Weird Things Humans Search For
Plays 3-20
Age 14+
Duration 20mins
This is the newest offering from Big Potato games. To win your team needs to complete the sentence with the most commonly googled term. You gain points for correct answers and the team with the most points wins. If you enjoy Google Feud then you’ll enjoy this.
Despite the fact that the game relies on guesswork the content makes it very entertaining. There is definitely a balance to be struck as if you’re answers are too bizarre, they often don’t feature and then we’re just all laughing at you. But go too tame and you are left marvelling at just how odd some people are.
For a quick taster have a go at these – answers at the bottom!
why are babies so…?
can you marry…?
When I say answers, I can only actually provide the end of the questions. Only google knows if boogers are dead brain cells!
Played over 5 rounds it’s quite a quick game and plenty of fun. (N.B. It’s too difficult for cats.)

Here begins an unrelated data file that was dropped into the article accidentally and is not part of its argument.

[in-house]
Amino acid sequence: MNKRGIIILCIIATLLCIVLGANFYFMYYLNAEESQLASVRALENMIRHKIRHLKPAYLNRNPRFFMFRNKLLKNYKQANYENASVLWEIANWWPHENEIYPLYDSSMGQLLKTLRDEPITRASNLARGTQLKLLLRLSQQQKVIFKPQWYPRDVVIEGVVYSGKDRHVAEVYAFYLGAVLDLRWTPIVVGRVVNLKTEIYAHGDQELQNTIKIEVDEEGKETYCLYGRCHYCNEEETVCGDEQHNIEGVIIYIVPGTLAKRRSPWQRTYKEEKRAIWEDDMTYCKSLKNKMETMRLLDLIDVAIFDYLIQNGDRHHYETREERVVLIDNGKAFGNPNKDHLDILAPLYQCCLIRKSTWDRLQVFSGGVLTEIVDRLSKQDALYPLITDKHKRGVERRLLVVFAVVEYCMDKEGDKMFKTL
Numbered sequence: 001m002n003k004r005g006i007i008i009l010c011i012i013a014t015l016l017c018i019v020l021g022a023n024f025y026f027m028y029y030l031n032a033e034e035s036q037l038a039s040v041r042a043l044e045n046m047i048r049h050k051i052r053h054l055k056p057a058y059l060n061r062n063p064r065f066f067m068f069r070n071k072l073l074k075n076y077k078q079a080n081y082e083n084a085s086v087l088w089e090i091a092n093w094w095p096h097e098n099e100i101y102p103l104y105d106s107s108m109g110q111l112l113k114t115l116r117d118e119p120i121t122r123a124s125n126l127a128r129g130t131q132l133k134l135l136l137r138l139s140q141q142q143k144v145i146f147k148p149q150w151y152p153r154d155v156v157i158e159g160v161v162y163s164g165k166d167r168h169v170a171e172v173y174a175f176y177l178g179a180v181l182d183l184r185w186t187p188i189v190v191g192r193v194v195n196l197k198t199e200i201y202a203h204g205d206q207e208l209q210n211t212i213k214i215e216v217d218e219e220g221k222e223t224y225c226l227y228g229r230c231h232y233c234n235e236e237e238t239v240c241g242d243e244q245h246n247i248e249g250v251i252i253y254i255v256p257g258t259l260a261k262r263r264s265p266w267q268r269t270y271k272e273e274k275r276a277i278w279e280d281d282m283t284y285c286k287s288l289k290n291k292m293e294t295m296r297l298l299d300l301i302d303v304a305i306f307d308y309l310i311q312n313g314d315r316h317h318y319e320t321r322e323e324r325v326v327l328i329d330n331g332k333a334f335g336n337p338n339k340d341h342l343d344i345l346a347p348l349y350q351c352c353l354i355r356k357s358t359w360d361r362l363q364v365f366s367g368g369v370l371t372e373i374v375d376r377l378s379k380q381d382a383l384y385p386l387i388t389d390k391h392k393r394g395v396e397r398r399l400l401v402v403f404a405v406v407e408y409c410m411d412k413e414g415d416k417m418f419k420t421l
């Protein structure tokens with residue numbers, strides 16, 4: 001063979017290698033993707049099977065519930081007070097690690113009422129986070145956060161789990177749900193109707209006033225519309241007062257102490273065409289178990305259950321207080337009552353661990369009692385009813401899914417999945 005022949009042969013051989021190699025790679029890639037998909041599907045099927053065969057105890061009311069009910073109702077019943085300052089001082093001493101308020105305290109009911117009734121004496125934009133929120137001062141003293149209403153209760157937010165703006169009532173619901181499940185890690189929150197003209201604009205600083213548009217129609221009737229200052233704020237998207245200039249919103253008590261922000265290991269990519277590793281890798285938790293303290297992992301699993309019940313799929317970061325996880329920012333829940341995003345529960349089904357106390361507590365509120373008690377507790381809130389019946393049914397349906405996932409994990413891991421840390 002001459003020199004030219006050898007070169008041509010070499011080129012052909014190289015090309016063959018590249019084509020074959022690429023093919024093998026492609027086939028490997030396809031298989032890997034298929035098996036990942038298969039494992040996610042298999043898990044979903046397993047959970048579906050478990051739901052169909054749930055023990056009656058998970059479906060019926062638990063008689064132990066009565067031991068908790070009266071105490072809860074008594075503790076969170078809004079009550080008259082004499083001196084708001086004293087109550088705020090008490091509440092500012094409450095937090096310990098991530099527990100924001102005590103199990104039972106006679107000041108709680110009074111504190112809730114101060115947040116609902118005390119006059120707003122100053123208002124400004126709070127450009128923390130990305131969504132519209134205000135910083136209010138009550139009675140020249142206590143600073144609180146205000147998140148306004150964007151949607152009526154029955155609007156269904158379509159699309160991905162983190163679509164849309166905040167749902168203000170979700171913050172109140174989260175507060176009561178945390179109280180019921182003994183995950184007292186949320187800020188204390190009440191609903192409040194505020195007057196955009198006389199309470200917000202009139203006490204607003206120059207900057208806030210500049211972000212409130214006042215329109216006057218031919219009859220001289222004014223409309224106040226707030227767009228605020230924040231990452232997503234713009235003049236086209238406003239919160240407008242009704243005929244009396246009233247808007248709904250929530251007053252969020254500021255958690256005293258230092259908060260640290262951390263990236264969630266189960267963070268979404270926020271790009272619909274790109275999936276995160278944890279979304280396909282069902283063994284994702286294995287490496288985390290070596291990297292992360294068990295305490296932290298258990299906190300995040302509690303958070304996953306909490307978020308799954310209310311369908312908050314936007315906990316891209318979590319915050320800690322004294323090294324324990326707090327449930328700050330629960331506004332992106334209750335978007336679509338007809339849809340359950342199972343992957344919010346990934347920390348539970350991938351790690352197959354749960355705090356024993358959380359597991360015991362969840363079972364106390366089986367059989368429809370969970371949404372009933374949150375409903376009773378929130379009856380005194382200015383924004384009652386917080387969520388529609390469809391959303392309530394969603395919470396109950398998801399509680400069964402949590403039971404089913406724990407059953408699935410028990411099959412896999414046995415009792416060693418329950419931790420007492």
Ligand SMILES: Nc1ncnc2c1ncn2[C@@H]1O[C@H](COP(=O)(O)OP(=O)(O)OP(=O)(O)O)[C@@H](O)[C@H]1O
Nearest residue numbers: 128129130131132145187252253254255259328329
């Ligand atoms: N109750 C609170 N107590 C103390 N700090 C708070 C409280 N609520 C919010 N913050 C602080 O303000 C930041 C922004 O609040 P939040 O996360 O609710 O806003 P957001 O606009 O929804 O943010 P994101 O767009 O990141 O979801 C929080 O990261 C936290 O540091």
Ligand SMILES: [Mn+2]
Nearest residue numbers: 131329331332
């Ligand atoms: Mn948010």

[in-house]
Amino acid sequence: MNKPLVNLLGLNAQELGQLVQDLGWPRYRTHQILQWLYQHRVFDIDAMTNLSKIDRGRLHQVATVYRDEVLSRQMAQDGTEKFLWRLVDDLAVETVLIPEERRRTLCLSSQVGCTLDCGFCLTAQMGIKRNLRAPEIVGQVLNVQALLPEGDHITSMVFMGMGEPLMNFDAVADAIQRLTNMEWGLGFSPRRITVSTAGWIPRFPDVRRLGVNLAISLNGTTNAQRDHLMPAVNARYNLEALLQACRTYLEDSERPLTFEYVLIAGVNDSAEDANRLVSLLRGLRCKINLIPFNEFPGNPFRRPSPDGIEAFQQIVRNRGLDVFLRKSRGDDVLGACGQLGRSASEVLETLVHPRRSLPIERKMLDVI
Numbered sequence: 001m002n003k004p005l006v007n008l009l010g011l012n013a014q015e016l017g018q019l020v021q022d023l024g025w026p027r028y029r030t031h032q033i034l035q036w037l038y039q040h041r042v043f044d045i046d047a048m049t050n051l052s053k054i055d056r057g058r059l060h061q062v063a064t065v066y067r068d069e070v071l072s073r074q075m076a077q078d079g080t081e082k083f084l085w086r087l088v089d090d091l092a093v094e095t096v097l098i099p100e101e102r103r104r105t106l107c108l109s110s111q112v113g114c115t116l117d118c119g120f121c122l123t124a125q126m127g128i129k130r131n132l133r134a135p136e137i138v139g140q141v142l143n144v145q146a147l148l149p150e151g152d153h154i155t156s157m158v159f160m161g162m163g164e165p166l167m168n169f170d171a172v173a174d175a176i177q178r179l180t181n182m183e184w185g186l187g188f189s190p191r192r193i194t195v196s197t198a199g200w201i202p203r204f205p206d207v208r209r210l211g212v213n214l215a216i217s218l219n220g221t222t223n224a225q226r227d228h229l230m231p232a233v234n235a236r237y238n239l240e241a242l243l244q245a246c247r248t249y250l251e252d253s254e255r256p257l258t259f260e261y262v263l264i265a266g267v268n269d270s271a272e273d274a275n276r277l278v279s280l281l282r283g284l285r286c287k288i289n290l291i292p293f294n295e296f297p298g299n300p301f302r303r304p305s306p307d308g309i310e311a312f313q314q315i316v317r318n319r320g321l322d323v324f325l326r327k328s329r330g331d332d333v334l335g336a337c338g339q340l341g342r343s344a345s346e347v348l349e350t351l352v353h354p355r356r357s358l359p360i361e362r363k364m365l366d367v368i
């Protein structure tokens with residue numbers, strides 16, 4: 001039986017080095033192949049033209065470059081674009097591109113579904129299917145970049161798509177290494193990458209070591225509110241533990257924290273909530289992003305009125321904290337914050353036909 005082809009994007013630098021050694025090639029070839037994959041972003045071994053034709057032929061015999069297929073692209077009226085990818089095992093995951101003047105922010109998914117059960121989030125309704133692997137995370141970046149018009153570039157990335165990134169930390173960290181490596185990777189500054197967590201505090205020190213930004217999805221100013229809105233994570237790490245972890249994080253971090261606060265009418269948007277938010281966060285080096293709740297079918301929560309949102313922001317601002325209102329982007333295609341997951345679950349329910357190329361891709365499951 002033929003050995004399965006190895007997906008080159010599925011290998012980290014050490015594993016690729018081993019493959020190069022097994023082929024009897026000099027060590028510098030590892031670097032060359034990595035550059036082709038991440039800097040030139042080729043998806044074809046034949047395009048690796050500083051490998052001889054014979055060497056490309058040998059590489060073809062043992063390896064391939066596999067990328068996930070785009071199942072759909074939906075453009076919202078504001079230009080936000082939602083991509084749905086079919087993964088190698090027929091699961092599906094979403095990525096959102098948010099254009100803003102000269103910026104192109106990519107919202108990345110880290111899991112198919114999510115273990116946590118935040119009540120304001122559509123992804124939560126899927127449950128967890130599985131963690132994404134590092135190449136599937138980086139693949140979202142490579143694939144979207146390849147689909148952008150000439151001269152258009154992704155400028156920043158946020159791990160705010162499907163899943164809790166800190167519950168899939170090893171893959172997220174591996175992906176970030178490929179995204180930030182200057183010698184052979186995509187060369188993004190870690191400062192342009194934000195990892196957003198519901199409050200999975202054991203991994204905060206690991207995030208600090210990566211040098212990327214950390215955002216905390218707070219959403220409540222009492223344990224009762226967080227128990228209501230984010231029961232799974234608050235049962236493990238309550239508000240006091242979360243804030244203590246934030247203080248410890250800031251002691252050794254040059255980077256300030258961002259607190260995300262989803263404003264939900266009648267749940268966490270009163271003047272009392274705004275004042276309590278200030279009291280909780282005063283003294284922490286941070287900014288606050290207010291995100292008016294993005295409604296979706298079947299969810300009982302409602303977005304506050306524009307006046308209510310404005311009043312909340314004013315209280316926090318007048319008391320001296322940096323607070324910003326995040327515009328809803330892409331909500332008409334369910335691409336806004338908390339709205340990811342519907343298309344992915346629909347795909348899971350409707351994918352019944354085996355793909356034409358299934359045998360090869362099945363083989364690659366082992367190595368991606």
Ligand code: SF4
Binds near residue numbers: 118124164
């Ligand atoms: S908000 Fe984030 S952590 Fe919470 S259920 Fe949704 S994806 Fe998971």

Mr Lister’s Quiz Shootout
Plays 3+
Age 14+
Duration 30 mins
Collect five different drinks bottles (shown on the reverse of the quiz card) to win. Write down as many answers as you can and in ‘quick fire style’ teams alternate – firing off one answer at a time. Each team gets three shots and at the end of that time the team with the most hits, wins the card. Each card features a last chance saloon question to settle any draws.
You can also use collected cards to swap for a drink you need or to confiscate a drink from another team. Nothing says ‘team’ like working together to screw over the opposition.
There are a mixture of topics from the banal to the ridiculous and the ridiculously tricky: list the UK’s 8 largest supermarket chains; list the 9 types of brass instrument in a symphony orchestra or the 10 most common animals sent into space!
This is a perfect game for any social event. It is a fun mix of common sense, random knowledge that you read somewhere and good old fashioned guess work!
Colour Brain
Plays 2-20
Age 14+
Duration 20